By Steven Wenick
’T was the sixth night of Chanukah, and what do you know, he was sitting in front of me with cheeks all aglow. He was round and jolly, with a beard white as snow, sporting a red cap on his head just in case it would snow.
So what was he doing sitting and eating in a kosher (Chalav Yisroel & Pas Yisroel) restaurant, with all its chatter and clatter, as he nibbled on treats from a chipped porcelain platter?
Well he wasn’t Santa that’s for sure, unless the jolly old fellow had taken to wearing tzitzit. He was just an elderly gent enjoying snacks and a steaming bowl of onion soup at the Vegetable Garden Restaurant in New York’s Garment District. “How’s the soup?” I asked him as I left the restaurant.
“Delicious,” he said, with a twinkle in his eye.
“Where are you from?” he asked as I headed toward the door. I told him Cherry Hill and his expression told me that he didn’t know where that was so I added, “It’s near Philadelphia”. That coaxed only a slight smile from his lips; he was clearly unimpressed. By that time my granddaughter Tal had finished gathering her stuff and caught up to me. I told the gent that she was my granddaughter. He asked her where she was from, to which she replied, “Israel”.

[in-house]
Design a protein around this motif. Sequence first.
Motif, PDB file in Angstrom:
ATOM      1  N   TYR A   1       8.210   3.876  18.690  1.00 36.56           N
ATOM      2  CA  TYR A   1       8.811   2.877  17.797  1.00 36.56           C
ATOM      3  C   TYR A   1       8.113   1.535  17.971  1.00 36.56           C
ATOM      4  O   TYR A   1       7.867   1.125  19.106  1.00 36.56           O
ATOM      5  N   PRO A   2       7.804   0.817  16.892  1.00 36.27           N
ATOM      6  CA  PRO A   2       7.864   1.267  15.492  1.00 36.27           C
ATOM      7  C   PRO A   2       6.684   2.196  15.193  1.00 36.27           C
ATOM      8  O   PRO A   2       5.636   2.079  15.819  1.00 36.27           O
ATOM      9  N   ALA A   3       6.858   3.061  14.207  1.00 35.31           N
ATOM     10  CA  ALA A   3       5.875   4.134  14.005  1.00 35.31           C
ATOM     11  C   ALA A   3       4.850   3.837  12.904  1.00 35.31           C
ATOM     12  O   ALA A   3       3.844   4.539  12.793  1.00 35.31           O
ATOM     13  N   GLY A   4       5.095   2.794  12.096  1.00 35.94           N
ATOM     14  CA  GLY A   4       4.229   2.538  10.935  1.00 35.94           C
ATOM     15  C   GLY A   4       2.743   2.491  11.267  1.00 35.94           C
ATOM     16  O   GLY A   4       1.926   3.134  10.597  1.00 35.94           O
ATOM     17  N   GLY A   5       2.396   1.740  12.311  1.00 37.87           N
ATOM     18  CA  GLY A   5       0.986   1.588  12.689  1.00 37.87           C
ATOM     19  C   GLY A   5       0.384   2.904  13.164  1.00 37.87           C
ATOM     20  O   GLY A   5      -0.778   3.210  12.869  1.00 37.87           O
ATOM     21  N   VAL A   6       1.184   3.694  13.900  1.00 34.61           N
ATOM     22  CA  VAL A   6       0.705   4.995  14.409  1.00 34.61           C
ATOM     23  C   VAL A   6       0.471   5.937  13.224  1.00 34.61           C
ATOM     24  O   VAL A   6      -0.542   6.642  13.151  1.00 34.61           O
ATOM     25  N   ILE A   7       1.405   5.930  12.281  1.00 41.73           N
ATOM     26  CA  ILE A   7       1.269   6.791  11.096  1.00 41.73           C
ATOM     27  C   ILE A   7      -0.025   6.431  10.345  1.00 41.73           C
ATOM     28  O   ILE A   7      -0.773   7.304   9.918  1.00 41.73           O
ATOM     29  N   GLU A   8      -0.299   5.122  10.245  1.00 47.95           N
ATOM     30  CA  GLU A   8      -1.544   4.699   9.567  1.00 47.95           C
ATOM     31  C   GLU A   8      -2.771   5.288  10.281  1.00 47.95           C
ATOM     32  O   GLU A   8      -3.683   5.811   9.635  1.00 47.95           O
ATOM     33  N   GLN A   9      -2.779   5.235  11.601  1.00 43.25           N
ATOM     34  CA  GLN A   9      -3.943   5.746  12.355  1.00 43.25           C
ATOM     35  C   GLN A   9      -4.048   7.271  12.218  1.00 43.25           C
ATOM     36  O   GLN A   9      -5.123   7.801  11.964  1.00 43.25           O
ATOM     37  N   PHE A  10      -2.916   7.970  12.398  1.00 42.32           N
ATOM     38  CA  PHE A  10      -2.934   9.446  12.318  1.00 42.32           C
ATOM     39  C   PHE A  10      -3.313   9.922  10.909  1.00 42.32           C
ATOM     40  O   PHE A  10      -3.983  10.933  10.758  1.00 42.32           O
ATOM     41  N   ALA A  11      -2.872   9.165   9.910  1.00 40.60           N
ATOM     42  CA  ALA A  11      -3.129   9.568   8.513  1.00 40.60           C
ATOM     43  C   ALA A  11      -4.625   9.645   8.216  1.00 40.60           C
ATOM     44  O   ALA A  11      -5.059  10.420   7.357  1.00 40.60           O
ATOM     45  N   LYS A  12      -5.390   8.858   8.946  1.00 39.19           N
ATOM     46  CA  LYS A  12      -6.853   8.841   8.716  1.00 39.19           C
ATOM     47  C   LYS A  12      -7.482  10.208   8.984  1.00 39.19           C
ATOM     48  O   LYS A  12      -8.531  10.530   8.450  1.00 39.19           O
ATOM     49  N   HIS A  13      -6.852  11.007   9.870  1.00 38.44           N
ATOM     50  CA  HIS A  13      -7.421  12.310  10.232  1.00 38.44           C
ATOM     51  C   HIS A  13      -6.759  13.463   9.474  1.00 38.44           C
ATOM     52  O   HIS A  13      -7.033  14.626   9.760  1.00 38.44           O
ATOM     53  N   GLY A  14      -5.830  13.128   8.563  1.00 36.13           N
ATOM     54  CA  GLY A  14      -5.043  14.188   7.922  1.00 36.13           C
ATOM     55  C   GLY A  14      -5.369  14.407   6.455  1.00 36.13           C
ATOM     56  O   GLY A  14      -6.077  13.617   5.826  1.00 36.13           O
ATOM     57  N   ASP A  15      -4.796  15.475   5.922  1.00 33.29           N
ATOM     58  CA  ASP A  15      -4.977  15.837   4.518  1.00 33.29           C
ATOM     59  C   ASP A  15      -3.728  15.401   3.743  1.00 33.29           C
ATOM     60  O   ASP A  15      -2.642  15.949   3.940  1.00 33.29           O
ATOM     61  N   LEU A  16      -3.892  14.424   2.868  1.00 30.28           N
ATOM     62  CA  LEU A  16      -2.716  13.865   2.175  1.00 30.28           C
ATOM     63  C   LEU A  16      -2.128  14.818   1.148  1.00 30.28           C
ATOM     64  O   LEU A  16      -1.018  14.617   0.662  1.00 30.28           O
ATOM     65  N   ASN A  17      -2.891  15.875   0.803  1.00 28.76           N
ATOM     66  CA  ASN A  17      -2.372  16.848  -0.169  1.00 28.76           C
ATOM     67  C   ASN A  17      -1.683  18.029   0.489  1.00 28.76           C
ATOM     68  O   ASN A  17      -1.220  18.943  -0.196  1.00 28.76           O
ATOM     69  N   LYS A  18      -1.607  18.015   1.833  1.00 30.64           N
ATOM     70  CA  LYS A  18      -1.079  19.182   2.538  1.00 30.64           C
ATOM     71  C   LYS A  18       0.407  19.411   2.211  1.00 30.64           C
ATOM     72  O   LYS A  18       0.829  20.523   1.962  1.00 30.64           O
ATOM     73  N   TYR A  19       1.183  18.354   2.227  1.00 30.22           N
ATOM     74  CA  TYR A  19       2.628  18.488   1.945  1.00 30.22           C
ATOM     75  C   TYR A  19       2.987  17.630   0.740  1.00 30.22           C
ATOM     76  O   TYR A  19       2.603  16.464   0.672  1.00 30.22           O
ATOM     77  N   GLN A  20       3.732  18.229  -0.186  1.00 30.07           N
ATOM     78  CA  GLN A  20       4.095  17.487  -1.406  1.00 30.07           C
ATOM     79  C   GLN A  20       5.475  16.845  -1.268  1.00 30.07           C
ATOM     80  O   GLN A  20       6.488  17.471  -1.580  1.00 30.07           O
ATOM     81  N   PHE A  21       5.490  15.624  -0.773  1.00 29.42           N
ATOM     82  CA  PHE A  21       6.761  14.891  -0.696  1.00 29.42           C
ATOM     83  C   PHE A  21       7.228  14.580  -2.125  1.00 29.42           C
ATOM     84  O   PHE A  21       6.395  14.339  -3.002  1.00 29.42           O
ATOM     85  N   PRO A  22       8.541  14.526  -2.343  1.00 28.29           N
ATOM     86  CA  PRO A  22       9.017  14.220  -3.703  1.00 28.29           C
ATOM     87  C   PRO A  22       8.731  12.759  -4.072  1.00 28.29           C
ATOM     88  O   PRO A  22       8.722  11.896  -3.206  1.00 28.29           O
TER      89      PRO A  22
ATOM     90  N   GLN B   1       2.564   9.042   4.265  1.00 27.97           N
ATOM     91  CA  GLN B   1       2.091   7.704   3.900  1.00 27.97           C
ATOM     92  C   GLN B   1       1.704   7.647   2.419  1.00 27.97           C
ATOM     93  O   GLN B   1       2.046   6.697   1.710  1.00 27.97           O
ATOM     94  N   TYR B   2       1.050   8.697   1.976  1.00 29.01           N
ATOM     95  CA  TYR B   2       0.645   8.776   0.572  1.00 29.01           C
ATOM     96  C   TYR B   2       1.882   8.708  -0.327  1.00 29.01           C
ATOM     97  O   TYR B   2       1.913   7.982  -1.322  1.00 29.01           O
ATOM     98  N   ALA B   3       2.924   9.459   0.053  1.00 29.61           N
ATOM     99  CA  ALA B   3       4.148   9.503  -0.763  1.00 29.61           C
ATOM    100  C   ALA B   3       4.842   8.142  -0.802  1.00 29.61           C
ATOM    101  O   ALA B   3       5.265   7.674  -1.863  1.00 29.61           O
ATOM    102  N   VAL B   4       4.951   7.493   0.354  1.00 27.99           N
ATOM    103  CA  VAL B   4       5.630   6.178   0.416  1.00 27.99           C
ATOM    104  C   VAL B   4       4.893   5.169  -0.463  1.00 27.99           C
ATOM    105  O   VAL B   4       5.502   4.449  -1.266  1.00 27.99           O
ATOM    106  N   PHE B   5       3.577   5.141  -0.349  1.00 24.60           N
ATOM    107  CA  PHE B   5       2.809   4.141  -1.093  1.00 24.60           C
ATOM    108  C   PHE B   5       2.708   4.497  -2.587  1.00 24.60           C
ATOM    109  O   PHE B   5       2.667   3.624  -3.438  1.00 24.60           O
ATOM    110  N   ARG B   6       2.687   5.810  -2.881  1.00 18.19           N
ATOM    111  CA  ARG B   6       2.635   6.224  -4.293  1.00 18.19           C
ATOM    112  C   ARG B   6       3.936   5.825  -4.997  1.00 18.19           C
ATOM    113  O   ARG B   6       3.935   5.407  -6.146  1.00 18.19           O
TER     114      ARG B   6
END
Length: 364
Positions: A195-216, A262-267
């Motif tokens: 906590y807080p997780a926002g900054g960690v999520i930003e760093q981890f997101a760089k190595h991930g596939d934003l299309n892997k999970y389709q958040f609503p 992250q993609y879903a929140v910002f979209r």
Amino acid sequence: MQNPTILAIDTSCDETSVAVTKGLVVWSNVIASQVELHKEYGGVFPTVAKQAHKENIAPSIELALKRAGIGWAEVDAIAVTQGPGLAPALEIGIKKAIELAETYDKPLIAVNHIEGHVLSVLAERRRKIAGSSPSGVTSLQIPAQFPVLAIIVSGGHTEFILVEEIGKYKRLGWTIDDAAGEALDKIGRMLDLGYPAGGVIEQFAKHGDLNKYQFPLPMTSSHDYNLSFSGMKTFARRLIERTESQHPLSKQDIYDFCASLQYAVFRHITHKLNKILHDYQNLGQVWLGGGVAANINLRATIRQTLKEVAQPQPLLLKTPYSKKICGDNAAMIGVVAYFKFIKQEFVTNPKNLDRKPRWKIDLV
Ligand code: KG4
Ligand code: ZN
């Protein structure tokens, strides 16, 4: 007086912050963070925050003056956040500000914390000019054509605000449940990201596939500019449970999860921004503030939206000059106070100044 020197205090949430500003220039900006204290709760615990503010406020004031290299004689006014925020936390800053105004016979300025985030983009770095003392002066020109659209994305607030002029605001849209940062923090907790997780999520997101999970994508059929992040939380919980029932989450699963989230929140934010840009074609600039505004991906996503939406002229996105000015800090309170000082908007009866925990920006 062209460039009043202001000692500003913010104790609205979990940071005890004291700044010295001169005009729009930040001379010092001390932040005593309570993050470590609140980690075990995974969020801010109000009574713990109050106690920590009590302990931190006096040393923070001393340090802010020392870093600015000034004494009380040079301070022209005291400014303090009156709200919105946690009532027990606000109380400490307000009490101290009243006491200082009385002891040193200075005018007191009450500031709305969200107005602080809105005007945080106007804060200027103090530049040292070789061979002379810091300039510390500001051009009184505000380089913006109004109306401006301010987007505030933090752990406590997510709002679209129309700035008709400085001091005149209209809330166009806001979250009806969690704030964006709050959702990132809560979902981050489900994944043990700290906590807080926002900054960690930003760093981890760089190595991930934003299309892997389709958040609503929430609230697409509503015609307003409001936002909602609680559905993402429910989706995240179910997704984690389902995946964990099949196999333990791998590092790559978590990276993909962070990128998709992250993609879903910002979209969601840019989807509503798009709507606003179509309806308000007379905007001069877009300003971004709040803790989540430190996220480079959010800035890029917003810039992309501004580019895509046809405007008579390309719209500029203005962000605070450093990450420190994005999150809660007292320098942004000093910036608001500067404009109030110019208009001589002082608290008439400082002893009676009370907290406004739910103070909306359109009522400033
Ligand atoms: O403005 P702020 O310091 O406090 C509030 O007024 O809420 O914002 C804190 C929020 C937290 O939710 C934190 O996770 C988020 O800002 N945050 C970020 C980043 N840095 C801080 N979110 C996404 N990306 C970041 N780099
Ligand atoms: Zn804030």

Not unexpectedly he began speaking to her in Hebrew with a very distinct American accent. After a bit he reached into his pocket, took out a shiny Susan B. Anthony silver dollar and gave it to her with a nod. She did not want to take it but he insisted saying, “It’s Chanukah gelt and if you don’t want to accept it for yourself then take it and be my shaliach (messenger) and give it to the first needy person you see when you return to Israel”.
Tal took the gelt and flung her scarf around her neck. As we started out of the restaurant, the elderly gentleman reached into his wallet, took out a business card and handed it to me, saying, “Happy Chanukah to all and to all a good night.” The card read, “Millinery Center Synagogue, 1025 Ave. of the Americas, New York, NY, Rabbi Hayim S. Wahrman”.